tar zxvf keepalived-1.2.24.tar.gz
        cd keepalived-1.2.24
        ./configure --prefix=/
        make; make install
        chmod +x /etc/init.d/keepalived **Prevent occurrence of env: /etc/init.d/keepalived: Permission denied**

    Step 3: confirm master and slave requirements

    This document introduces two modes:

    • Non-standing master mode: either server has the same chance to become the master server.
    • Standing master/slave mode: keep one server as the master as long as no failure occurs.  

    Note:

    Compared to the non-standing master mode, this mode increases the number of master/slave switches. We recommend using the non-standing master mode (non-standing master/slave mode, also called the slave-slave mode).

    Step 4: modify the “keepalived.conf” configuration file

    Modifying the configuration file:

    • In the standing master/slave mode, take modifying the “keepalived.conf” configuration file of the master server as an example:

            0) state            The initial role. Enter `MASTER` for the master, and `BACKUP` for the slave.
            1) interface        Change to the ENI name of the local device, such as `eth0`.
            2) priority         The value of the master is higher than that of the slave, for example, `50` for the master and `30` for the slave. 
            3) unicast_src_ip   Change to the private IP of the local device.
            4) unicast_peer     Change to the private IP of the peer device.
            5) virtual_ipaddress    Change to the private VIP. 
            6) track_interface  Change to the ENI name of the local device, such as `eth0`.
    • In non-standing master/slave mode, modify keepalived.conf with the same changes made to master and slave devices:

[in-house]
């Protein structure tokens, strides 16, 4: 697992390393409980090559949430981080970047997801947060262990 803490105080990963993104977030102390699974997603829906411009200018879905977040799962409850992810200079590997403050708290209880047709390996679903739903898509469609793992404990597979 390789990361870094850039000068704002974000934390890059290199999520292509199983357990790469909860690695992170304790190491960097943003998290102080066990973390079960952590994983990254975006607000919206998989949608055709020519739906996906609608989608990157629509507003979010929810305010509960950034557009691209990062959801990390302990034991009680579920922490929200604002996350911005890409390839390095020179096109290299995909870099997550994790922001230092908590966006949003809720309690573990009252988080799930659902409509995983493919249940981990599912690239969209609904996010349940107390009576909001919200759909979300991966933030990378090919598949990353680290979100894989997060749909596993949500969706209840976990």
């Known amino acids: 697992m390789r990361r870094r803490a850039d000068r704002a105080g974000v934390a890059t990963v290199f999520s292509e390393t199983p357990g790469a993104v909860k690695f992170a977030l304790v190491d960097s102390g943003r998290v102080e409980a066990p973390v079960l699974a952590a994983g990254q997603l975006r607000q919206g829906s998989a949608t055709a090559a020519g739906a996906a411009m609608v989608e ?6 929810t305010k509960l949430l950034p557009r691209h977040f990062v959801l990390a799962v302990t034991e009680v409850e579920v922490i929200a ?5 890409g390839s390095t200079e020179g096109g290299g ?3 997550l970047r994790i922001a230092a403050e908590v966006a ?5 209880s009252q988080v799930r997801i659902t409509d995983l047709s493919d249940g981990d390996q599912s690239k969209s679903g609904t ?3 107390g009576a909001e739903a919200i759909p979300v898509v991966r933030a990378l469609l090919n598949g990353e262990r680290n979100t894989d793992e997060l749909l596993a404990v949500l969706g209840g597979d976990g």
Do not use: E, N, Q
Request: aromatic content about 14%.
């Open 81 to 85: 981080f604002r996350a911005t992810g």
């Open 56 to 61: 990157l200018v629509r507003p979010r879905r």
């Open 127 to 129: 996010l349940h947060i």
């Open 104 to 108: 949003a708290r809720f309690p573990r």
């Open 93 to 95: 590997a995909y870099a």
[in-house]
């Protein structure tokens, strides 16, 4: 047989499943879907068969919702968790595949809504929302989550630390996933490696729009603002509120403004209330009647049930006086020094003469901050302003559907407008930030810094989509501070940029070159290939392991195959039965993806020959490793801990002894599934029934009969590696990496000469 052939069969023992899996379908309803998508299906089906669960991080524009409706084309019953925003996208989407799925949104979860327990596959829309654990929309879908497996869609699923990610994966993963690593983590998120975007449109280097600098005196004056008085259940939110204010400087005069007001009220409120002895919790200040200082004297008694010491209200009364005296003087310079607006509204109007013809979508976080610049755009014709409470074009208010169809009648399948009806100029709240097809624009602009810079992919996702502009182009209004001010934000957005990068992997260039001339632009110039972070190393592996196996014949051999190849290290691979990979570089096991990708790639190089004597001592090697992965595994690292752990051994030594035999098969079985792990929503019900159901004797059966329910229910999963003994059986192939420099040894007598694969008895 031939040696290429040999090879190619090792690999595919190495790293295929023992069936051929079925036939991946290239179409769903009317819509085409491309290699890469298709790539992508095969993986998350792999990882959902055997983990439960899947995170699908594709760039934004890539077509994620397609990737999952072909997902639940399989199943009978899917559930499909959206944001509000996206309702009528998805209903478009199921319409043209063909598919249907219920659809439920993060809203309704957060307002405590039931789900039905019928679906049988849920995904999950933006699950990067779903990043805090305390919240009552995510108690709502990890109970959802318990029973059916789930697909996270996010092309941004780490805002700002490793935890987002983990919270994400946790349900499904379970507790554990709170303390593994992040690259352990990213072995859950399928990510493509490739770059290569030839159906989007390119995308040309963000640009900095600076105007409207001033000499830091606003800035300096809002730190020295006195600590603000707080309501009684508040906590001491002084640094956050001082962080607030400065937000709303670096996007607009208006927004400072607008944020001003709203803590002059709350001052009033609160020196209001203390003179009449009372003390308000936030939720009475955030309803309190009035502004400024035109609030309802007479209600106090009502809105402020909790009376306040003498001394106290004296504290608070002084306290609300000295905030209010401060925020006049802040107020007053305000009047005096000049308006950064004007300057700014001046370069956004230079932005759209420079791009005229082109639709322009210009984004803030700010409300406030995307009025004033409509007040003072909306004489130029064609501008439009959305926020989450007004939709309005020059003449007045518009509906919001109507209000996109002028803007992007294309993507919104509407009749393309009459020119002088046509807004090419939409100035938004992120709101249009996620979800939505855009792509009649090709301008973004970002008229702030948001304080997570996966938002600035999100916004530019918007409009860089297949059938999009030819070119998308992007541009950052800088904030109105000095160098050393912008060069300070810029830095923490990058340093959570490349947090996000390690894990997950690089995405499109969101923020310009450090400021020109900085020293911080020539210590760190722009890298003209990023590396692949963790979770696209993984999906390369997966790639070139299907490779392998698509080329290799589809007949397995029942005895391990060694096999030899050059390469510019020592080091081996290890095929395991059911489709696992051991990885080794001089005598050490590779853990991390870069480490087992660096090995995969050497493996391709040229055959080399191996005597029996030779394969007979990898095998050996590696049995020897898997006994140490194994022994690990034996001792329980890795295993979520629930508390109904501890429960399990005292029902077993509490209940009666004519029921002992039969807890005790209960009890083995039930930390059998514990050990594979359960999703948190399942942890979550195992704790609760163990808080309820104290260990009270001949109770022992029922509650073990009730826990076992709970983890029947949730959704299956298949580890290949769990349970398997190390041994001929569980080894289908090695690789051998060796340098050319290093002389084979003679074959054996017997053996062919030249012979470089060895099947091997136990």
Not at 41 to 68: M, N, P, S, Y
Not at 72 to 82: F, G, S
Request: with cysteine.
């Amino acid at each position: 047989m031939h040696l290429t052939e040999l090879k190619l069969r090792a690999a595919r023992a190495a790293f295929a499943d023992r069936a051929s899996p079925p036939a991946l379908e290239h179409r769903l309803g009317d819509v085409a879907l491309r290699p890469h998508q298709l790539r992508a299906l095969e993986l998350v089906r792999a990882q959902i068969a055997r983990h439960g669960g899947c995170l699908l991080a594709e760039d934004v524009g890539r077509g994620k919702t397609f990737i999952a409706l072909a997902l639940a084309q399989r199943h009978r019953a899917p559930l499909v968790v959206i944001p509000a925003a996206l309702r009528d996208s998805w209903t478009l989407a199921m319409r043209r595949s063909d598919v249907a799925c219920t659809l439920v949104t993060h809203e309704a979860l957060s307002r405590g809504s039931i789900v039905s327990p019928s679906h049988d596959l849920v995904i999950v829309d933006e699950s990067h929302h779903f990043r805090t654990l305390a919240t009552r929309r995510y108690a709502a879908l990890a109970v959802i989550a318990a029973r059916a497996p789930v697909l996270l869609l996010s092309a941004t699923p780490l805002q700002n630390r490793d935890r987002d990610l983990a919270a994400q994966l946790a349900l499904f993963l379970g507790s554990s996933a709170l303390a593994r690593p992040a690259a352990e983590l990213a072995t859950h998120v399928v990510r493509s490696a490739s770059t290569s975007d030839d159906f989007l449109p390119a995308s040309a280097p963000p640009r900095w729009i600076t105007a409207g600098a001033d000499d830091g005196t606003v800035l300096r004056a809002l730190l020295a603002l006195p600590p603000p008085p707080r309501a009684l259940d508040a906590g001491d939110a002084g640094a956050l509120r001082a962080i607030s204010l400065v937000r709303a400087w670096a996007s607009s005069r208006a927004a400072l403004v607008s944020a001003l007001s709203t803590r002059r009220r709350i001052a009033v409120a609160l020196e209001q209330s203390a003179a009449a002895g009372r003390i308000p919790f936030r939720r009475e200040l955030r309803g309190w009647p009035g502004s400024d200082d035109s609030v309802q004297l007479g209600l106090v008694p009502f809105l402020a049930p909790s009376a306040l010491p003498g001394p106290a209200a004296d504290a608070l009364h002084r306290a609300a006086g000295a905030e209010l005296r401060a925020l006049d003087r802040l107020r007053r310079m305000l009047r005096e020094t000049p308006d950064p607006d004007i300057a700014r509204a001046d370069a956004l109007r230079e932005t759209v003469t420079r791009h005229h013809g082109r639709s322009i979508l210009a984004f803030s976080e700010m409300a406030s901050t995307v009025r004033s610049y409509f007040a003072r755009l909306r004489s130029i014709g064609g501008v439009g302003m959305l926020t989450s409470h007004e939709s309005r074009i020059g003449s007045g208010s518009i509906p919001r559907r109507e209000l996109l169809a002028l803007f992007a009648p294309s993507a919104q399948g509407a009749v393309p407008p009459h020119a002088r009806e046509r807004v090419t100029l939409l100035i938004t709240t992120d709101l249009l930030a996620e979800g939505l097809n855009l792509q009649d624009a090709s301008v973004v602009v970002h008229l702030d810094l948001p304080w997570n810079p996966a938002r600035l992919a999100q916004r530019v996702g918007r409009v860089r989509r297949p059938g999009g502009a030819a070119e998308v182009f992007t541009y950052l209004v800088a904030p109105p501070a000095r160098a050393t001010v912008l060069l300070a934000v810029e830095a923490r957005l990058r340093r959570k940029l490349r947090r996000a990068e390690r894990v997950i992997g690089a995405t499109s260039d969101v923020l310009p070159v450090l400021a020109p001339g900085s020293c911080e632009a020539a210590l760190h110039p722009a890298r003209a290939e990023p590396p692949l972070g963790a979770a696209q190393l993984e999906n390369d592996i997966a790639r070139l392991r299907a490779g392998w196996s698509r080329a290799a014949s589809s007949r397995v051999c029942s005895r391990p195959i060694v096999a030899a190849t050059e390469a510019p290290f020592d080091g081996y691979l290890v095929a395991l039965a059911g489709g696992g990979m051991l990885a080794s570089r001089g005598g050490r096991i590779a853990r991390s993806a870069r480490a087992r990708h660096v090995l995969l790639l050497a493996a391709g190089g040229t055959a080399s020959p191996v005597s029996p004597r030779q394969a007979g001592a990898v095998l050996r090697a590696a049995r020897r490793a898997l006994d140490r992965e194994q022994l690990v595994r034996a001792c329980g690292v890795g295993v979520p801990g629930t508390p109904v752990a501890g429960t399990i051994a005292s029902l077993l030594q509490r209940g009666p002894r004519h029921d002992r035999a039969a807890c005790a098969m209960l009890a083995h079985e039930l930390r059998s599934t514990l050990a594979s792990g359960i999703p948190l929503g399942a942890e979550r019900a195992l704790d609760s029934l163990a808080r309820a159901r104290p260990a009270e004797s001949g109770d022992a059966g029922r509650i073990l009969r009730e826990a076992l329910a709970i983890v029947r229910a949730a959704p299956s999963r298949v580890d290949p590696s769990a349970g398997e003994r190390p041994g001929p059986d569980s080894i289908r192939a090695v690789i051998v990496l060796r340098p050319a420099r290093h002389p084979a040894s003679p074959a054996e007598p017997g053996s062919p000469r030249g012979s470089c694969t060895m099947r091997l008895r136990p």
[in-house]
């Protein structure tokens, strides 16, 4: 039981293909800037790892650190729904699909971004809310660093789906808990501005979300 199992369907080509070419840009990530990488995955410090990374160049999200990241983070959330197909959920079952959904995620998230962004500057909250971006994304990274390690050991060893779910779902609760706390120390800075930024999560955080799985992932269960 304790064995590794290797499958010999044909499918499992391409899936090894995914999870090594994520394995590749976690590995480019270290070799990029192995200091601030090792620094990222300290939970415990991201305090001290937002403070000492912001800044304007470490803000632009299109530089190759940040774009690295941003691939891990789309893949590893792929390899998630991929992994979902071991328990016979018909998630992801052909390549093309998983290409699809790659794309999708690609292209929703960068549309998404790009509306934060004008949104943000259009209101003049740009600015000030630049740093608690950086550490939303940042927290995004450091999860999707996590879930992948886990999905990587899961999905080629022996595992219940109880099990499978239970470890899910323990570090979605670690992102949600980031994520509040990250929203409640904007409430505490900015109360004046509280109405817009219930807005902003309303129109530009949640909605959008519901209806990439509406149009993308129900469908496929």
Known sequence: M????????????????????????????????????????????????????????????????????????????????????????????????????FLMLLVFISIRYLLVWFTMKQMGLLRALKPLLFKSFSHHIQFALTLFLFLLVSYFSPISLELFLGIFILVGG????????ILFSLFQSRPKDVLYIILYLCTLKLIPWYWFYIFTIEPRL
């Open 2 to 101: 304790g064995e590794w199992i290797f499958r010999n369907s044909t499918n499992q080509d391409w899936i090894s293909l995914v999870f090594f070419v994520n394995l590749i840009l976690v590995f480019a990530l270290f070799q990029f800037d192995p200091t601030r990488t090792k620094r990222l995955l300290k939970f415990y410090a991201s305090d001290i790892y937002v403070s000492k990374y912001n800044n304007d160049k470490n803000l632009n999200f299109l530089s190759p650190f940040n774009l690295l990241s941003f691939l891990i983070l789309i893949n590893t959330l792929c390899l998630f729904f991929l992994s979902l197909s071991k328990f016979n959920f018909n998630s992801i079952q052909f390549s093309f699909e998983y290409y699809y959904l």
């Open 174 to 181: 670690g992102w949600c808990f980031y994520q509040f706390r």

0) state            The initial role. Enter `BACKUP` for both master and slave devices.
            1) interface        Change to the ENI name of the local device, such as `eth0`.
            2) priority         Enter the same integer for both devices, such as `50`.
            3) unicast_src_ip    Change to the private IP of the local device.
            4) unicast_peer     Change to the private IP of the peer device.
            5) virtual_ipaddress    Change to the private VIP.  
            6) track_interface  Change to the ENI name of the local device, such as `eth0`.

    The practical guide in this document demonstrates the unicast mode, which requires specifying the IP address of the peer device.

    ! Configuration File for keepalived
    global_defs {
       notification_email {
         acassen@firewall.loc
         failover@firewall.loc
         sysadmin@firewall.loc
       }
       notification_email_from Alexandre.Cassen@firewall.loc
       smtp_server 192.168.200.1
       smtp_connect_timeout 30
       router_id LVS_DEVEL
       vrrp_skip_check_adv_addr
       vrrp_garp_interval 0
       vrrp_gna_interval 0
    }
    #vrrp_script checkhaproxy
    #{
    #    script "/etc/keepalived/do_sth.sh"
    #    interval 5
    #}
    vrrp_instance VI_1 {
        # Select proper parameters for the master and slave servers.
        # state MASTER            #Master device   #Modification item. Enter `MASTER` for the master and `BACKUP` for the slave.
    state BACKUP           #Slave device